Saturday, September 6, 2014

An Unlikely Spot

I went to this art party.  It was 20% Boston and the rest were Brooklyn oh' Brooklynites.  The place was grungy, with a black-lit smoking room, half inflated, half-painted balloons stuck between army boots and crumpled up business cards.  When I noticed the elevated corner stage, I gasped a sigh of relief, something to do besides feign appreciation for bloody collaged art.  The bands were expected; mostly metal, experimental, banging on trashcans with chicken drumsticks (yes, really).  I was about to peace out of there, maybe by jumping off the roof, when I noticed the next band consisted of more than two people, actually, more than five people, there seemed to be about fifteen of them.  More interestingly, they were lugging around real instruments.  Cellos, violins, saxophones, a tuba, needless to say, I decided to stay a moment longer and see what all this could mean.
They were set up, squished on the corner stage, in what I can assume could be a small orchestra formation.  The leader of them was a scrappy, but quite dashing young fellow, who wore circular sunglasses and a slung guitar.  They started off, with a bit of an introductory jam, and who shall step in from the side, but the diva of all divas if there ever were to be no divas.  She was fragile blonde and slender, but her voice was booming.  The band, or rather, orchestral varietal, played their choreographed numbers, most of which had a polka feel with a classical dengue fever.  The maestro pointed to soloists, with a sloppy guitar neck jut, the diva bopped along with a solo cup of god knows what, and they all played together, smoothly, organically, like they had done it a thousand times.  I quite enjoyed them, and I have never experienced that kind of performance before.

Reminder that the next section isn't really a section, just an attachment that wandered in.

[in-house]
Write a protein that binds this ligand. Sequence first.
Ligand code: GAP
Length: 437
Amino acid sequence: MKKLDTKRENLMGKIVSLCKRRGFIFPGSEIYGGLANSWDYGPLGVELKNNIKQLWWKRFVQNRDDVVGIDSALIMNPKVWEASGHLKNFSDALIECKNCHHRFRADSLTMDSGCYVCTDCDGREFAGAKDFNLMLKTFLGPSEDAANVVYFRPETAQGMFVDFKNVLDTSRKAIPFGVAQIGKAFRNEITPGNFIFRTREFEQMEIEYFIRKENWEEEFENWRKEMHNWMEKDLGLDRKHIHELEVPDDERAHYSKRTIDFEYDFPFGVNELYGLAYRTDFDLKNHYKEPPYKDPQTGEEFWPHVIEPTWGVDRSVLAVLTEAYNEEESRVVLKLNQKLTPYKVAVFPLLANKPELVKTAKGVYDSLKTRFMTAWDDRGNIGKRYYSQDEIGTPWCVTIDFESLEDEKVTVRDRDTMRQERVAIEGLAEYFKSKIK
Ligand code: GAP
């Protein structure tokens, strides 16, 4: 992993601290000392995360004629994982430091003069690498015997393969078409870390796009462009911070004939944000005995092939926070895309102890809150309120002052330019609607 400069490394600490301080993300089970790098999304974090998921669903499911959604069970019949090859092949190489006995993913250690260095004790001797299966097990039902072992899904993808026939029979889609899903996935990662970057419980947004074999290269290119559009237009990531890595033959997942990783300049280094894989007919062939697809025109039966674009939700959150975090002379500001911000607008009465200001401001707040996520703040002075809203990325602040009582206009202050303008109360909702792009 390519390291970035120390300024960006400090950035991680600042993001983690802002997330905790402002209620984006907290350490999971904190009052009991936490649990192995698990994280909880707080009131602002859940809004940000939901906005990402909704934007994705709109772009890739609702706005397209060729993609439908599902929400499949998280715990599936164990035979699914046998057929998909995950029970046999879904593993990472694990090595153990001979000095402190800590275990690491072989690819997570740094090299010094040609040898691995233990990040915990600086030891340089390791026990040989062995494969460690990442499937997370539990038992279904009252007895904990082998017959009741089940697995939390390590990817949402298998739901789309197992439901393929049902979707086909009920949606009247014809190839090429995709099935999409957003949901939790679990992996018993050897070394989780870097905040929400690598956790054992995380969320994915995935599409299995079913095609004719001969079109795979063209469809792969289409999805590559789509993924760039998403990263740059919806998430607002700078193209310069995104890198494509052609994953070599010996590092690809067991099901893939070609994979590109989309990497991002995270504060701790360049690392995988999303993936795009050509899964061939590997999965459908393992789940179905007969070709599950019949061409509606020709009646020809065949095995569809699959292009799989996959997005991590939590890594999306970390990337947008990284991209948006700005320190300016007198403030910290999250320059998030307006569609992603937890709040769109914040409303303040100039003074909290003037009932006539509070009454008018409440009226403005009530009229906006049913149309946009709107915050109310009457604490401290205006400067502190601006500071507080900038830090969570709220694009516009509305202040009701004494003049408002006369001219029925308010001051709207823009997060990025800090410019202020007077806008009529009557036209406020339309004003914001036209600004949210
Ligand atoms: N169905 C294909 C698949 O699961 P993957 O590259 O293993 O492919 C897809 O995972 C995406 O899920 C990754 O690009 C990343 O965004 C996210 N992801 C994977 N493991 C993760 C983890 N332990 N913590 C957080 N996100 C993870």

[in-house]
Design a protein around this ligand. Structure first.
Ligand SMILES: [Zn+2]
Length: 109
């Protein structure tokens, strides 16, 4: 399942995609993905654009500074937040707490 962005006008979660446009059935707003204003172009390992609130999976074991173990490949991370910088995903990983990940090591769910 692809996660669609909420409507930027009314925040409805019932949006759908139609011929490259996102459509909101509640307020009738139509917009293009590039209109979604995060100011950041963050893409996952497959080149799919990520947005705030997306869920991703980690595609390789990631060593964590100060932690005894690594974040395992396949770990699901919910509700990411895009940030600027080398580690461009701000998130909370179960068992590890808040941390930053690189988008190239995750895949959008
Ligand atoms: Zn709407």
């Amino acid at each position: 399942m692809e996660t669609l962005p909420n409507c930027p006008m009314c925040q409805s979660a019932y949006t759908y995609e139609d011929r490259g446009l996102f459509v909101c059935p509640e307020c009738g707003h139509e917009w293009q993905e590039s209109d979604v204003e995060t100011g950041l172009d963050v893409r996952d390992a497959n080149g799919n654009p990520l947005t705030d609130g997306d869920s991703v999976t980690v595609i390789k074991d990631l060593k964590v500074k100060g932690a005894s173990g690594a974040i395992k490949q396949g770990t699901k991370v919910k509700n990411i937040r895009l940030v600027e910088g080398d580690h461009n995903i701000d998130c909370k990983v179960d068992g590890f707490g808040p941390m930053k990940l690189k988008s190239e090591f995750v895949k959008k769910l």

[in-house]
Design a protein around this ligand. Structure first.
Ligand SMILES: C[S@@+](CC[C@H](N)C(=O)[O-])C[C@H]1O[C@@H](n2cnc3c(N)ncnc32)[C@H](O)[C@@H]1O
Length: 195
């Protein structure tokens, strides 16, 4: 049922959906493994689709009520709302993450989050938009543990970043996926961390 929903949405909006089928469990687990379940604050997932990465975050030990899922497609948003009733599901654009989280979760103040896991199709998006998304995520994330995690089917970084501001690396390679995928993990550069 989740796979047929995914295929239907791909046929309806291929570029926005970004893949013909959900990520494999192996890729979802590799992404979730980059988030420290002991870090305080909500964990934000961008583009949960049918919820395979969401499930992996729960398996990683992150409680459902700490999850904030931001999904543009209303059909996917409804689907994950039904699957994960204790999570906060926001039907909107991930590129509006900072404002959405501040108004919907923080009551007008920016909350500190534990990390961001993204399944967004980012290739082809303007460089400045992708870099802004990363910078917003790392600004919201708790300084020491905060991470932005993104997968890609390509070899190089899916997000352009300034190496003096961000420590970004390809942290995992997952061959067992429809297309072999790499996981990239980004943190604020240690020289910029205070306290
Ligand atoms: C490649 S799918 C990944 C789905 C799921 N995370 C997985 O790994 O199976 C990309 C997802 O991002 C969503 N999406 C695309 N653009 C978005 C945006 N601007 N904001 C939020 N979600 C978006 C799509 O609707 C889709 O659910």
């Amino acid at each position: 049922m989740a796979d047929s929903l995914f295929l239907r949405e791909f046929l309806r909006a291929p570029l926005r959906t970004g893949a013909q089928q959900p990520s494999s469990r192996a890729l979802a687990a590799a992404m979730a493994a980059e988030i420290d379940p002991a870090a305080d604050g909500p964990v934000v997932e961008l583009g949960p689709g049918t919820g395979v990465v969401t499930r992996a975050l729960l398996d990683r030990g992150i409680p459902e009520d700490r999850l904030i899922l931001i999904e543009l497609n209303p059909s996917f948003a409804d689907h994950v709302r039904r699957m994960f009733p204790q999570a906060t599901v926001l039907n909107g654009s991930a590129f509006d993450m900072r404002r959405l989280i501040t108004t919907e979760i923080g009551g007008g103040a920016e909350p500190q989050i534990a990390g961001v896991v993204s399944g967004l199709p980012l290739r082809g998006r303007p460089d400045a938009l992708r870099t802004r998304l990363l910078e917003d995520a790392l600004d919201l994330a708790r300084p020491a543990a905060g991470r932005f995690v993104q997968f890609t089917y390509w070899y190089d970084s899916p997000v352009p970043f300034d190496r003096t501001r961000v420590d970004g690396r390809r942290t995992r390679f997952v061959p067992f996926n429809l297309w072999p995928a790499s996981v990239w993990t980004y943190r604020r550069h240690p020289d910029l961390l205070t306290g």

Afterwards, I approached the frontman to get the scoop.  Turns out they were students from the New England Conservatory, hence the obviously borrowed NEC music stands.  Their orchestra was an attempt to bring classical music or rather a classical setting of music, to a different venue and audience. So far, they seem to be successful as they have been gaining recognition all over.  I told him, somewhat in jest, that I would be interested in auditioning,  and he politely informed me that I must attend the school to join the band.  Wah-wah, we trade one barrier for the other.  Still, I am grateful to have been present for that modern-classical performance in the pit of artistic despair.      

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